Teddy Ruzak (The Highly Effective Detective Plays the Fool, 2010, etc.), whose most notable quality in his first three adventures was a winsome cluelessness, gets into a seriously disturbing case.
Now that Quinton Stiles, the ex-boyfriend who beat her to a pulp, is out of prison, Isabella Farrell needs protection. Not that she thinks so, of course; she’s so adamantly against the idea that her father wonders if she’s already in touch with Stiles. In order to protect her, though, he leans on Teddy, the unlicensed private detective who you could say ran White Knight Associates if it weren’t actually run by his secretary and Girl Friday Felicia, who’s passed the p.i. exam he failed three times. Stiles, everyone agrees, is not someone you want to run afoul of. And Teddy—whose way of protecting his unwilling client is to get himself squeezed between the cops and the White Aryan Nation, whose local minions Quinton had snitched on in order to win an early release—runs afoul of Quinton by any reasonable standard. The resulting spate of violence leaves few corpses and even less mystery in its wake. Yet Teddy’s sensitive, noble, quixotic response to it will make a far more lasting impression on you than the next dozen fictional corpses you find.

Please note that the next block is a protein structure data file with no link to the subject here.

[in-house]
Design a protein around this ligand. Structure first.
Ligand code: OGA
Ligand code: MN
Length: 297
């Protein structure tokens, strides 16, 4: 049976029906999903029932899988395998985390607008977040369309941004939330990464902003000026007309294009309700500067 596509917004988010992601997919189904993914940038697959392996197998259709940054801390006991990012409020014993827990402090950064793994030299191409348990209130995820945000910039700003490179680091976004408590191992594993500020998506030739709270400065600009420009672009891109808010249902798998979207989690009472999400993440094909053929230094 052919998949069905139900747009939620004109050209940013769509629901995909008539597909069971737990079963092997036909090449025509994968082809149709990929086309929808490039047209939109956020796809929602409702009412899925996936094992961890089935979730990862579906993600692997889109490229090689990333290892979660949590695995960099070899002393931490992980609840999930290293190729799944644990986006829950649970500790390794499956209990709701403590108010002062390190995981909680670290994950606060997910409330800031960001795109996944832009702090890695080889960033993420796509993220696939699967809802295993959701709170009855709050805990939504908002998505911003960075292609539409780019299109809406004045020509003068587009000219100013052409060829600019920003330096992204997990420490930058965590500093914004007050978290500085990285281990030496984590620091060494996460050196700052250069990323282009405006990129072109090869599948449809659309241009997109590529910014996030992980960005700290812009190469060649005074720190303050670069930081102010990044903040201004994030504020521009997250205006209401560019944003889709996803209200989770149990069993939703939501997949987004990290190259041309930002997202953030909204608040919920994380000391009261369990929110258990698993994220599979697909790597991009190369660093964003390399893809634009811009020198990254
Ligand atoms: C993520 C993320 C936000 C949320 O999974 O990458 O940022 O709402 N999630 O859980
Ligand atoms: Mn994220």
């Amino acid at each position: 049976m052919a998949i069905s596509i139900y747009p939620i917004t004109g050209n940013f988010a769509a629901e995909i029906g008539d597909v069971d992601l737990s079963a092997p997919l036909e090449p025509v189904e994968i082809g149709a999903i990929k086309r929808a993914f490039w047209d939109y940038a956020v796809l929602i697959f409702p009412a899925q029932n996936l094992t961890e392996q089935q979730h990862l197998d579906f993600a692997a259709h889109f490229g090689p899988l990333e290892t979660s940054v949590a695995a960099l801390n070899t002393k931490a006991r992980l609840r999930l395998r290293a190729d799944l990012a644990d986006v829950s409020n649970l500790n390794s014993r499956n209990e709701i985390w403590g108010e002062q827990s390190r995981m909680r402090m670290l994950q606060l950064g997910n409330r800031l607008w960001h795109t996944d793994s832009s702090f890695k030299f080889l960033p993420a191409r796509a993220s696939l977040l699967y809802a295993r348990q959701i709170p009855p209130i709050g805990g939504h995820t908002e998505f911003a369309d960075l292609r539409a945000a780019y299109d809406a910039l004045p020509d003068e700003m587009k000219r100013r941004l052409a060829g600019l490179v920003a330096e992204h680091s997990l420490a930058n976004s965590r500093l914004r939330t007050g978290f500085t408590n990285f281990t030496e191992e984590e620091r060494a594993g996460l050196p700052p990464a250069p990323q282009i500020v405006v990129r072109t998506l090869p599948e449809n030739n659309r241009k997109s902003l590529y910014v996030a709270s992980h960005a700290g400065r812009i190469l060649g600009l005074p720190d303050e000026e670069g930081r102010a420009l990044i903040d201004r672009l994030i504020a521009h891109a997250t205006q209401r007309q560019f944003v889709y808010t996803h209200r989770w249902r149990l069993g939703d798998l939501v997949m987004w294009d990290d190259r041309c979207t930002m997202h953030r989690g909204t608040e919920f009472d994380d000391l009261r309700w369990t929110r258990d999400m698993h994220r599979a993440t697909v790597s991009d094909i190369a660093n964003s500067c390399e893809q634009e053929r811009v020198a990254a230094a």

Teddy continues to grow and deepen as he charts a developmental path like no other in the genre.